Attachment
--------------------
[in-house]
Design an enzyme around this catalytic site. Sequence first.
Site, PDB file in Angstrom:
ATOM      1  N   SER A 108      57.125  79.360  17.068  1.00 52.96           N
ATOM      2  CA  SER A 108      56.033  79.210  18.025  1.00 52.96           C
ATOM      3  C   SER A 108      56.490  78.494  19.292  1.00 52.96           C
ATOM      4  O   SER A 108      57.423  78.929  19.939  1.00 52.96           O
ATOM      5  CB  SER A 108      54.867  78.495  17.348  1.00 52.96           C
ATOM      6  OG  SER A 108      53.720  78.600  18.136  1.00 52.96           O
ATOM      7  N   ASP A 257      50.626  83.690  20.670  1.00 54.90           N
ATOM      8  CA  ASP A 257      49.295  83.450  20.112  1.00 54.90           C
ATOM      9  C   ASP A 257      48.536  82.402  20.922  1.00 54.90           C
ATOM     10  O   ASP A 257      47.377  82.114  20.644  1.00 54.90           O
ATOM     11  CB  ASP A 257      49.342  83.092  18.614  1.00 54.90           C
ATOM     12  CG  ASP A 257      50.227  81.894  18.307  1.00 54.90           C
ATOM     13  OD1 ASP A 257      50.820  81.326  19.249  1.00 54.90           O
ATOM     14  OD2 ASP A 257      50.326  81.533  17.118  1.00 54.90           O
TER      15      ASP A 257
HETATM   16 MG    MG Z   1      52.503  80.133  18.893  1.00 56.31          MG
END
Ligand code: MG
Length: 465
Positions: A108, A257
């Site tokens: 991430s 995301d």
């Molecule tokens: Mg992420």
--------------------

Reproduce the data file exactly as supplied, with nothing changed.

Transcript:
[in-house]
Design an enzyme around this catalytic site. Sequence first.
Site, PDB file in Angstrom:
ATOM      1  N   SER A 108      57.125  79.360  17.068  1.00 52.96           N
ATOM      2  CA  SER A 108      56.033  79.210  18.025  1.00 52.96           C
ATOM      3  C   SER A 108      56.490  78.494  19.292  1.00 52.96           C
ATOM      4  O   SER A 108      57.423  78.929  19.939  1.00 52.96           O
ATOM      5  CB  SER A 108      54.867  78.495  17.348  1.00 52.96           C
ATOM      6  OG  SER A 108      53.720  78.600  18.136  1.00 52.96           O
ATOM      7  N   ASP A 257      50.626  83.690  20.670  1.00 54.90           N
ATOM      8  CA  ASP A 257      49.295  83.450  20.112  1.00 54.90           C
ATOM      9  C   ASP A 257      48.536  82.402  20.922  1.00 54.90           C
ATOM     10  O   ASP A 257      47.377  82.114  20.644  1.00 54.90           O
ATOM     11  CB  ASP A 257      49.342  83.092  18.614  1.00 54.90           C
ATOM     12  CG  ASP A 257      50.227  81.894  18.307  1.00 54.90           C
ATOM     13  OD1 ASP A 257      50.820  81.326  19.249  1.00 54.90           O
ATOM     14  OD2 ASP A 257      50.326  81.533  17.118  1.00 54.90           O
TER      15      ASP A 257
HETATM   16 MG    MG Z   1      52.503  80.133  18.893  1.00 56.31          MG
END
Ligand code: MG
Length: 465
Positions: A108, A257
């Site tokens: 991430s 995301d």
């Molecule tokens: Mg992420």